My Sister’s Keeper, the sixth film from director Nick Cassavetes, tells the tale of a generic family with the world’s best genes and the world’s worst luck. The premise is quite a ways out there: a family finds out that their daughter Kate (Sofia Vassilieva) has leukemia and is to suffer degenerative kidney failure, and nobody in the family is an donor match. So, after consulting with their doctor they decide to go ahead and play God by cooking up another daughter, this time in a test tube, who will play the role of spare parts for his sister.

This is all fine and good until one day Anna (Abigail Breslin) wakes up and decides that she no longer is on board and goes about suing her parents for medical emancipation. Cassavetes deftly navigates this melodramatic terrain and delivers a stunningly good film by bringing the story down to a purely human level. It feels at times as though he is trying to makes the saddest movie ever made, but the characters and dialogue are so real that it’s never anything less than genuine. It also asks the audience to think about tough moral questions; at what point does good intentions stop being enough to justify pig-headed, potentially harmful idealism? Is it okay to create life and then control it to help a sick individual?

The real surprise here is the performance by Cameron Diaz. She devours the role of Sara, a mother, whose crusade to save her daughter is zealous to a disturbing degree. Overpaid as she may be, Diaz proves herself as an actress worthy of praise here. Opposite her is Anna’s hard ass lawyer Campbell Alexander (Alec Baldwin) who pursues the case with vigor and seems all too happy to butt heads with Sara. Unfolding primarily through flashback we move from the happy times pre-cancer, through the early stages of Kate’s treatment, onto her only love affair, and finally up to the heart wrenching days of perpetual pain and suffering. Through it all Sara soldiers on refusing to hear the bad news or see the obvious. She believes that as long as she keeps reminding Anna that she is "helping her sister" then she can ravage her body to her hearts content.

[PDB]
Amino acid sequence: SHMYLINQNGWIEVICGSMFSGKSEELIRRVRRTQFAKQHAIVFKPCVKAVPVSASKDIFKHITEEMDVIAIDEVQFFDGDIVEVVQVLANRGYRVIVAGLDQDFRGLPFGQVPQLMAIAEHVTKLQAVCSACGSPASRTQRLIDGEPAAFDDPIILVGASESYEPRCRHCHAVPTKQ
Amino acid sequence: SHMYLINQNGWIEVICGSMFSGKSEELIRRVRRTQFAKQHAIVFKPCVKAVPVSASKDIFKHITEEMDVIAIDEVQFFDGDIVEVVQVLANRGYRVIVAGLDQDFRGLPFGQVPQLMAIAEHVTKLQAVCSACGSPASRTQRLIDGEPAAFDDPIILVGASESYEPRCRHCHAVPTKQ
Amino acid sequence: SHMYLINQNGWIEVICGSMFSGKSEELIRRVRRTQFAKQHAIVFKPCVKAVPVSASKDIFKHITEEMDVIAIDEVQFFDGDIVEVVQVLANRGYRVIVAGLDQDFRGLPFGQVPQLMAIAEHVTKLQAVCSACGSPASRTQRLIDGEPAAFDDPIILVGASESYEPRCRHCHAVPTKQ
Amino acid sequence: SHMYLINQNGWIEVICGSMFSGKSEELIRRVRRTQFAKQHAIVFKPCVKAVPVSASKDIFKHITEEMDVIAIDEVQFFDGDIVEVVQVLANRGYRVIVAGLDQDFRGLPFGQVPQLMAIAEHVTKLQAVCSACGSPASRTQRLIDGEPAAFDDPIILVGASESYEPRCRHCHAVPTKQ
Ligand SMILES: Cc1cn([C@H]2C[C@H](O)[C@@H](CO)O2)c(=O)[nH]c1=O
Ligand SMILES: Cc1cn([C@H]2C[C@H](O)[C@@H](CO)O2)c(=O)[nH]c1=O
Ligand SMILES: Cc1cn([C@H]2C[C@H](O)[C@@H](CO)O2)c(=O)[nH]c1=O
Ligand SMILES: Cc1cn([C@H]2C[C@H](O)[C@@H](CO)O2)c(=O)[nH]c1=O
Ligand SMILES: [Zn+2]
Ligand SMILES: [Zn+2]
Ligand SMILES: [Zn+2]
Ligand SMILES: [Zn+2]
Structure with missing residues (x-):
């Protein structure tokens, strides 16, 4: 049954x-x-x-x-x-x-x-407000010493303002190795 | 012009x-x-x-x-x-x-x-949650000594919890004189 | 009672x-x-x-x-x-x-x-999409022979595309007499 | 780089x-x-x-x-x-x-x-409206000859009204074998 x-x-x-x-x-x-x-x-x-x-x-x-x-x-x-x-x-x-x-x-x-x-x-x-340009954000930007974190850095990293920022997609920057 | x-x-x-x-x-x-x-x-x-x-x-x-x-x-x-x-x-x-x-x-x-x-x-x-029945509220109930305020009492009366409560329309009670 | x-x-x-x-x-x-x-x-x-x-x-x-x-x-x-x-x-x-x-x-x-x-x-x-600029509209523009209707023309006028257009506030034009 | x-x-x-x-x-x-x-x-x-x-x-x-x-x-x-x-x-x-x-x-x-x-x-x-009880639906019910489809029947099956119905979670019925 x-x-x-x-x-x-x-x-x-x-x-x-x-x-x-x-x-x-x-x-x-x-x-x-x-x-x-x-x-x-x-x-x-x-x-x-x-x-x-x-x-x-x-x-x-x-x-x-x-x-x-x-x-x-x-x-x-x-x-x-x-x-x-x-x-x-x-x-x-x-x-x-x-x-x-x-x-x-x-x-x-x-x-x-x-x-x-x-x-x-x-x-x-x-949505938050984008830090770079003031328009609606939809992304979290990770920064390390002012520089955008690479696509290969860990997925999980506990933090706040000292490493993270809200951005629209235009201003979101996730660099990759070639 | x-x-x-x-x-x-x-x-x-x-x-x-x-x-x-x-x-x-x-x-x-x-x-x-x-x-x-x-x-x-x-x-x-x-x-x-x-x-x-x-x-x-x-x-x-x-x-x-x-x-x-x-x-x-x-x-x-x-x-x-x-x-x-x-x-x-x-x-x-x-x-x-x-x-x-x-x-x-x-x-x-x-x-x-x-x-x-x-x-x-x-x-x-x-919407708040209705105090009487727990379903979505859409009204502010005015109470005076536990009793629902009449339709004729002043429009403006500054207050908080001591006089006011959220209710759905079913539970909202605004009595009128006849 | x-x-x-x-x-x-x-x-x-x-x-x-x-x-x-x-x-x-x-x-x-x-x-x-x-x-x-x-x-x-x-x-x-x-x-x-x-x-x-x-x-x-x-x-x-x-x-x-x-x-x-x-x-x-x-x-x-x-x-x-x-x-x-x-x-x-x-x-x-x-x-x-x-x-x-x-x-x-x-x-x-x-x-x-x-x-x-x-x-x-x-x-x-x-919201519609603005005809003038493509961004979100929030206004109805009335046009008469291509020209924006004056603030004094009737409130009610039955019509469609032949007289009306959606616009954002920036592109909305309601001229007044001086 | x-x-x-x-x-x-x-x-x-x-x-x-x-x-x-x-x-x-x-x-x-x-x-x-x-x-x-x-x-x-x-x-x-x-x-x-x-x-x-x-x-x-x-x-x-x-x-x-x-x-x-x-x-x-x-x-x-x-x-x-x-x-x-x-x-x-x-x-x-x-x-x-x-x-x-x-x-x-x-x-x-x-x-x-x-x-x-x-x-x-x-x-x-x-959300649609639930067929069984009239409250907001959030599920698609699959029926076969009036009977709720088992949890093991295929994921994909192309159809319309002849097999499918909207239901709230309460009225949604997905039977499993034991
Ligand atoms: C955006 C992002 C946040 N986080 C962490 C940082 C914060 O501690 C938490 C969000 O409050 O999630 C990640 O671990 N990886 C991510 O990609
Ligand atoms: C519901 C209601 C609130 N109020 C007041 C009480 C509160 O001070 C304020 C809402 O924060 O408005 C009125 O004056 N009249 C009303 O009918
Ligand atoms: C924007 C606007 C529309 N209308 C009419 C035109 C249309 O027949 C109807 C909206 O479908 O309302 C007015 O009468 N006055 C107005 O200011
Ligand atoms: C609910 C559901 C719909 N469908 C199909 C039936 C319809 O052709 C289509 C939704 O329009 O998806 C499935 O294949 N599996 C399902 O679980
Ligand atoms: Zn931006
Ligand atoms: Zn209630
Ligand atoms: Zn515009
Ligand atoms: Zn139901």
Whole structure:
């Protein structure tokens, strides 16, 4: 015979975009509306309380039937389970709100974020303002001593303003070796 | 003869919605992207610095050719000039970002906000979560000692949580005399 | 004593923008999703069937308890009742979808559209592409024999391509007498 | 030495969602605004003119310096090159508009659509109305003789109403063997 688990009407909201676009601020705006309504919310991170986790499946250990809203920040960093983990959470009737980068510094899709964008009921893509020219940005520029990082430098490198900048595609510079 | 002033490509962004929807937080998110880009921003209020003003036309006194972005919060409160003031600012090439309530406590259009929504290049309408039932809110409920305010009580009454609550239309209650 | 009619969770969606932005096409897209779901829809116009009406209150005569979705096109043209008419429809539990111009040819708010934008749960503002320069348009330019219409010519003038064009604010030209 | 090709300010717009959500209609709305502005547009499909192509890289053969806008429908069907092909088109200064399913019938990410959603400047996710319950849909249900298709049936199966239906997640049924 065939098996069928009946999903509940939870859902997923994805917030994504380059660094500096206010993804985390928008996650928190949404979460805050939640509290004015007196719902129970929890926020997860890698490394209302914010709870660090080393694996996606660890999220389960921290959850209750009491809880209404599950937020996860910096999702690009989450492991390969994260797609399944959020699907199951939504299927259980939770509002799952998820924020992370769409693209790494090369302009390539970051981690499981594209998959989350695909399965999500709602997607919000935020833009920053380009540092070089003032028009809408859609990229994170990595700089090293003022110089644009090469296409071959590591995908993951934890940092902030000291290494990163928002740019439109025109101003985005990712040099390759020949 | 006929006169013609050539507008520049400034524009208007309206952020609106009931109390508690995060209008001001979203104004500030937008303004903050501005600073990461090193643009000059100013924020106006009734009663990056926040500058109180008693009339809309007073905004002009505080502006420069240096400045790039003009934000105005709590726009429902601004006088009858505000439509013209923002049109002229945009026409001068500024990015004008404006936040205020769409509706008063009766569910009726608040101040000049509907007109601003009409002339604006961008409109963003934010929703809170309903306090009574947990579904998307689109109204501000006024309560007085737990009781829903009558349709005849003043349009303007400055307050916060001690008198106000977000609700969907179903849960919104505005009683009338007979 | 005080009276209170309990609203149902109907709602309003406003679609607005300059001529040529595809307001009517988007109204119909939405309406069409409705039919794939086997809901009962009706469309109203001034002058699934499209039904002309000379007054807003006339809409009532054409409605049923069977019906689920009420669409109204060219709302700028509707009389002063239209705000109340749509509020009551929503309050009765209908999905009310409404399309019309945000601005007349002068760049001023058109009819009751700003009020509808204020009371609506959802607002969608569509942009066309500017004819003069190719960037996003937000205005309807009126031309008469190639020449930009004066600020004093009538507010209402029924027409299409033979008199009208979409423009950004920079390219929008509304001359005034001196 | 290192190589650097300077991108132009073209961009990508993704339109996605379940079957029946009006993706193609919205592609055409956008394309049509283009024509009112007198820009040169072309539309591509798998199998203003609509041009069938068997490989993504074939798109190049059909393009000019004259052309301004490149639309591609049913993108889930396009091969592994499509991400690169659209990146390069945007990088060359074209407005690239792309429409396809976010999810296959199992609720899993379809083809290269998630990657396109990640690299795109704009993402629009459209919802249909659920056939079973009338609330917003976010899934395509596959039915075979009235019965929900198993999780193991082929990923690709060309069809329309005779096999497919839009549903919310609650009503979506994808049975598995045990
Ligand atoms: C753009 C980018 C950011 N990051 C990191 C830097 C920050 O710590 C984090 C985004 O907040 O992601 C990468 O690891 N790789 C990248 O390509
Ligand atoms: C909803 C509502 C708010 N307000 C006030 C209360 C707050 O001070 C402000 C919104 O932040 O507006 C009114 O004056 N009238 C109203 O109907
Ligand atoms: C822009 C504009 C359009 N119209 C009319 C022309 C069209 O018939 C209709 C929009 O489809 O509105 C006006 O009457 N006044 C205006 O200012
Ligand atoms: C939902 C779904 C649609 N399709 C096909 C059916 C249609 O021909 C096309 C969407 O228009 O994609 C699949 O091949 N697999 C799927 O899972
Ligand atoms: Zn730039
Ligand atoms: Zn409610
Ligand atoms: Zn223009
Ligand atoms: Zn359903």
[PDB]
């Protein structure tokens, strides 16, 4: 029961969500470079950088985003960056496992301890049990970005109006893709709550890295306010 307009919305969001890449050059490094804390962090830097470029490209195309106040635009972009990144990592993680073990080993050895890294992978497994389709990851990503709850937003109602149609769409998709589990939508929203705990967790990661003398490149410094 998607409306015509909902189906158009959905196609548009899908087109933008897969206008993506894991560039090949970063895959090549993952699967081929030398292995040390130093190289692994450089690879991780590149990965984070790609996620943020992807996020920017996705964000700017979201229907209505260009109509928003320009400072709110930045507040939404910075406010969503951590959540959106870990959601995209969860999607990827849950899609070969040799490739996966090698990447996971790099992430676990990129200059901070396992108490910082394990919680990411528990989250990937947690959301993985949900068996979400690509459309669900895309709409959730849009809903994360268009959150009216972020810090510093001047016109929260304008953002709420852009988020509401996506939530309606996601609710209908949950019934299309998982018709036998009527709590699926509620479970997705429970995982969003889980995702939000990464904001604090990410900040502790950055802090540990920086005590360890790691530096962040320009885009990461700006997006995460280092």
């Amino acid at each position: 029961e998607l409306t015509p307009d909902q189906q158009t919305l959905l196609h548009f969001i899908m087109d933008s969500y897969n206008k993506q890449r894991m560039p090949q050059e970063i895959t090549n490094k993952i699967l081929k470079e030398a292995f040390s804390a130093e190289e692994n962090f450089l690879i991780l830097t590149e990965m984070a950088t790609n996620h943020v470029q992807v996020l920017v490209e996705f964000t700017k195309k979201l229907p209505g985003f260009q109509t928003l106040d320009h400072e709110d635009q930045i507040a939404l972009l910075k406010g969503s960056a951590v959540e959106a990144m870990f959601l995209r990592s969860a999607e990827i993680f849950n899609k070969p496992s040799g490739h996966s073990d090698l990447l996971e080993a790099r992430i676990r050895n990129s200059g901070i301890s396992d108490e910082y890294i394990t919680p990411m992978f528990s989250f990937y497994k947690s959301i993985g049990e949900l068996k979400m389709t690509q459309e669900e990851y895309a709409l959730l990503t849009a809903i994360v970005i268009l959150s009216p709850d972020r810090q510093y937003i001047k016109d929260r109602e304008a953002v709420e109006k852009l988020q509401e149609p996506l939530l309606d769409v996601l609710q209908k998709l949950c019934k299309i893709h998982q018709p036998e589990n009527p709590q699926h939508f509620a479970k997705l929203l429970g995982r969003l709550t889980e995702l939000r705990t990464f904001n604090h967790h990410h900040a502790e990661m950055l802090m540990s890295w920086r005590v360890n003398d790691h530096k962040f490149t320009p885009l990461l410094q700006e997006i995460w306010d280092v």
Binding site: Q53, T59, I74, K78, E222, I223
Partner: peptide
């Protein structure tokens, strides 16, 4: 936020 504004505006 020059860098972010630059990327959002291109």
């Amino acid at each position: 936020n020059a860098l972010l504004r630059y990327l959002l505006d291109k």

Her pathological behavior eventually becomes so out of whack that the film begins focusing on how her family has to come together to put an end to Mommie Dearest.

All this builds up to a climatic court scene that is a delicious tabloid experience. Who could say no to watching a family self-destruct in a public court while one of their own lies dying in a nearby hospital? Throw in an epileptic attorney and a barking dog named Judge and you almost have an episode of Jerry Springer on your hands – only better.

Even though all of Cassavetes films so far have had a gloss to them that is the antithesis of his father’s work, he does have that same amazing human touch that made actor-turned-director John Cassavetes one of the best of his generation. The dialogue seeps under your skin and helps paint an uncanny portrait of a family coming apart at the seams. It is worth remembering that this film is serving up as entertainment the opportunity to watch a young girl die in excruciatingly vivid detail. And while that may seem exploitative the components come together to create a piece of art that stands above its harsh subject matter. It is not perfect but it is pretty damn good.

Starring: Cameron Diaz, Jason Patric, Abigail Breslin, Sofia Vassilieva

Director: Nick Cassavetes

Distributor: New Line Cinema

Runtime: 109 minutes

Rating: PG-13